Lioness manager, Sarina Wiegman, said yesterday that it was only a matter of time before there was a female manager of the England men’s team. The command and control management style adopted by Alex Ferguson is largely a thing of the past, replaced instead with an emotionally intelligent approach to leadership. This is embodied by both Southgate and Wiegman who prioritize mutual respect, encourage adaptability and foster resilience in order to build a high performance team. So what are the key qualities of an Emotionally Intelligent leader and how can we apply these to the world of business?

Self awareness
Emotionally intelligent leaders take the time to understand their communication style and the impact it has on those around them. Wiegman clearly demonstrates this trait in her ability to communicate effortlessly with her team. By recognising your own style and those of others, you can flex your communication style accordingly to help you build trust and rapport and get the most from your team.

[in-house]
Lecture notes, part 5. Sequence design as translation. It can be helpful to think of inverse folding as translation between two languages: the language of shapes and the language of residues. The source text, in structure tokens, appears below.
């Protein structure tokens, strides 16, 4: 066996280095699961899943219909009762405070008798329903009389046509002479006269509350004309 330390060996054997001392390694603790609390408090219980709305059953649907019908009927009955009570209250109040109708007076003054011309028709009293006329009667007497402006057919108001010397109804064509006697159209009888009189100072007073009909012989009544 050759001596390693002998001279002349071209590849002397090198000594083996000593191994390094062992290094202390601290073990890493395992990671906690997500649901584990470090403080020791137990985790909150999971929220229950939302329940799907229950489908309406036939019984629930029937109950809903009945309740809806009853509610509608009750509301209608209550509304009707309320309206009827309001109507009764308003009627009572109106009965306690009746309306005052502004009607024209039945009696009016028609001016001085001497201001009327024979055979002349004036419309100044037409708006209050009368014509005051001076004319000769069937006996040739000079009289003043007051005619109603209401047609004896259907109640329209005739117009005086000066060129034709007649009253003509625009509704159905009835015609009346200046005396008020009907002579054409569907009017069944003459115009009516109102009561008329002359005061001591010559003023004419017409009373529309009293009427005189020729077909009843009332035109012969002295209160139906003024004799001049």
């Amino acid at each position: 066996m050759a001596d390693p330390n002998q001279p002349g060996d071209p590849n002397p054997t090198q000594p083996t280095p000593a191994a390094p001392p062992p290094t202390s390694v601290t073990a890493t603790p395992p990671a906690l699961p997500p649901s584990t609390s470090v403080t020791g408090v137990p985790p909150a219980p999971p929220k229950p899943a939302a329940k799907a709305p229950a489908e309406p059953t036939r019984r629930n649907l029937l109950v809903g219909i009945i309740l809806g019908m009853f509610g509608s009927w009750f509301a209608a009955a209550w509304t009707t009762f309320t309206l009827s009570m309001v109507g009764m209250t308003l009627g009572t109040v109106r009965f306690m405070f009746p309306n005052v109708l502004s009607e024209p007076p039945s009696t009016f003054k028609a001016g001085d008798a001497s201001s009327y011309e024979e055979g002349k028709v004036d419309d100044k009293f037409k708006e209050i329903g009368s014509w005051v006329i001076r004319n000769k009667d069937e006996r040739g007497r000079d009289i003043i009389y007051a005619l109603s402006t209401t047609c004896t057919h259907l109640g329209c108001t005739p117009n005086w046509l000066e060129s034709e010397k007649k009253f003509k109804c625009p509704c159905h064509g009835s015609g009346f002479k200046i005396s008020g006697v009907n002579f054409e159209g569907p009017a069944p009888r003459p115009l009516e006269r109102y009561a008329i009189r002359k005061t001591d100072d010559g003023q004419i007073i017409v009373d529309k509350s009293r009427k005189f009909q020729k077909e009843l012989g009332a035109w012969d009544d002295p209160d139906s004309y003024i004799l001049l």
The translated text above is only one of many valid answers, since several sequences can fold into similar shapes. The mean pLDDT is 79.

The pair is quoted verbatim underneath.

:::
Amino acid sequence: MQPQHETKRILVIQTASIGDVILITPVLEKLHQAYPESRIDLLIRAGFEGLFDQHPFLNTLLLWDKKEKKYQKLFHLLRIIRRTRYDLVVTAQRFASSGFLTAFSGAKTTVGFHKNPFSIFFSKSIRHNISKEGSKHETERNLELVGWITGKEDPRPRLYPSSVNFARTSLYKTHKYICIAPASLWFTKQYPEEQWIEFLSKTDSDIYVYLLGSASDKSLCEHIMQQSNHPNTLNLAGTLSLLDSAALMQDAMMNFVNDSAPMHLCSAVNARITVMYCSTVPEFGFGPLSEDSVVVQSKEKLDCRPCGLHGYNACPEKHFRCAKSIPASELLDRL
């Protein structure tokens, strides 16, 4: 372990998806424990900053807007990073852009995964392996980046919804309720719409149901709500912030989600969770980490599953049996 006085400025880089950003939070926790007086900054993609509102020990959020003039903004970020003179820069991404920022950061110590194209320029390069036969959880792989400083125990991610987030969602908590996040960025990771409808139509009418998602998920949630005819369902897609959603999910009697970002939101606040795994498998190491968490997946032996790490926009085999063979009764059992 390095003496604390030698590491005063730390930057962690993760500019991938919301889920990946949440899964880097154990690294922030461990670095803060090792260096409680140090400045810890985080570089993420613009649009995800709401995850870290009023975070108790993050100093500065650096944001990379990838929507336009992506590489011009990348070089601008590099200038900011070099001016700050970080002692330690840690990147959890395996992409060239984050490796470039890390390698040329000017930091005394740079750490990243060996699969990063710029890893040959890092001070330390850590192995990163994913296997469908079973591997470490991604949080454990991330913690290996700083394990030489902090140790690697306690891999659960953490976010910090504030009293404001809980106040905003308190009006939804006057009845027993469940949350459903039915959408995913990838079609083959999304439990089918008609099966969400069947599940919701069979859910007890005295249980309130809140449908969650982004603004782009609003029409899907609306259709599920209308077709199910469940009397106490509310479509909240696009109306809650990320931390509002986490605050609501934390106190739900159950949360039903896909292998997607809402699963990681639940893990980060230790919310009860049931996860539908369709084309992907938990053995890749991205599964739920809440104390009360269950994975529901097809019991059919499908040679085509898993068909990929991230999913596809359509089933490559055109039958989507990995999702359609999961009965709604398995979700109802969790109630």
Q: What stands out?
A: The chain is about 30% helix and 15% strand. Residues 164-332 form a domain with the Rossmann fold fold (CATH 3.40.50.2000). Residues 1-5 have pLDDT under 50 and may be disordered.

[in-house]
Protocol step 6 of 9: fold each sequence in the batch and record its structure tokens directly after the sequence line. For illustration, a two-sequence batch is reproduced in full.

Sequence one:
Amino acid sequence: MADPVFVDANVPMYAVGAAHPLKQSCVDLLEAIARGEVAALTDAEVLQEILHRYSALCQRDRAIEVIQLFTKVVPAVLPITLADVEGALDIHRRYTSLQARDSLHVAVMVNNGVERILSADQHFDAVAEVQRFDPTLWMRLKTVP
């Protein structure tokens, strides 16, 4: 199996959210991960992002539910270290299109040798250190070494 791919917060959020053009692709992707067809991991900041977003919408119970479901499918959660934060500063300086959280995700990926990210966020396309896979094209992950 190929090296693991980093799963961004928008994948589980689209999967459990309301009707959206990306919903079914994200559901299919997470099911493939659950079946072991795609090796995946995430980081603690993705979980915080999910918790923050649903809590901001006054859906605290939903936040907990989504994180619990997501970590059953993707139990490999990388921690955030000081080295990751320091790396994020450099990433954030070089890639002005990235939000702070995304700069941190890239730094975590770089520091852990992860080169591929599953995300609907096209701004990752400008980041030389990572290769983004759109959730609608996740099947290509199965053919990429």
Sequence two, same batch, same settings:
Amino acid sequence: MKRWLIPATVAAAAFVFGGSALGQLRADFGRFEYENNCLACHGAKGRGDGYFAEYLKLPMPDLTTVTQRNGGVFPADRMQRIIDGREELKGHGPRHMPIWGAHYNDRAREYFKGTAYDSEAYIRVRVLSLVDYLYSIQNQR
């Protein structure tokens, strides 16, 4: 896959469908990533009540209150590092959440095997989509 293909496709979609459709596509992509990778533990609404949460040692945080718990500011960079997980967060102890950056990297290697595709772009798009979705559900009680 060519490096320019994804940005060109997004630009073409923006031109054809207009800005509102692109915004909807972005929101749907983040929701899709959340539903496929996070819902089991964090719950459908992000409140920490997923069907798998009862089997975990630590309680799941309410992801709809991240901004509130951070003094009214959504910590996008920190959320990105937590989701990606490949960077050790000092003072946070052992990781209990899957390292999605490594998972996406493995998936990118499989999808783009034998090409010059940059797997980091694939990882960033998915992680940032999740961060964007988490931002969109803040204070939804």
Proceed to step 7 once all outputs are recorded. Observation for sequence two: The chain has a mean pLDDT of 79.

Self -control
This often underrated emotional intelligence skill is critical to anyone who wants to inspire others. You need to draw on your self-control to respond rather than react to challenging situations. It’s about staying cool calm and collected in high stake situations so you can make rational decisions. Both Southgate and Wiegman lead by example. They have the ability to drown out the background noise – whether it’s the media or the crowd – and stay focused on the task in hand.

Great leaders have the courage of their convictions. This means dialling up your emotional intelligence so you have to ability to back yourself and fight your own corner. This doesn’t mean you have to be autocratic or overly dominant, it’s about trusting your own judgement and having the confidence to say what needs to be said.

Emotionally intelligent leaders take the time to truly understand the individuals in their team. This helps them establish mutual respect and create a safe environment where both parties can open up to each other. Only then can leaders understand how best to motivate the different people in their team whilst still focusing on the collective effort.

Both Wiegman and Southgate clearly demonstrate why Emotional Intelligence is critical to effective leadership. It’s only be developing these key EQ skills that leaders can inspire their team to go the extra mile and achieve their full potential both on and off the football pitch.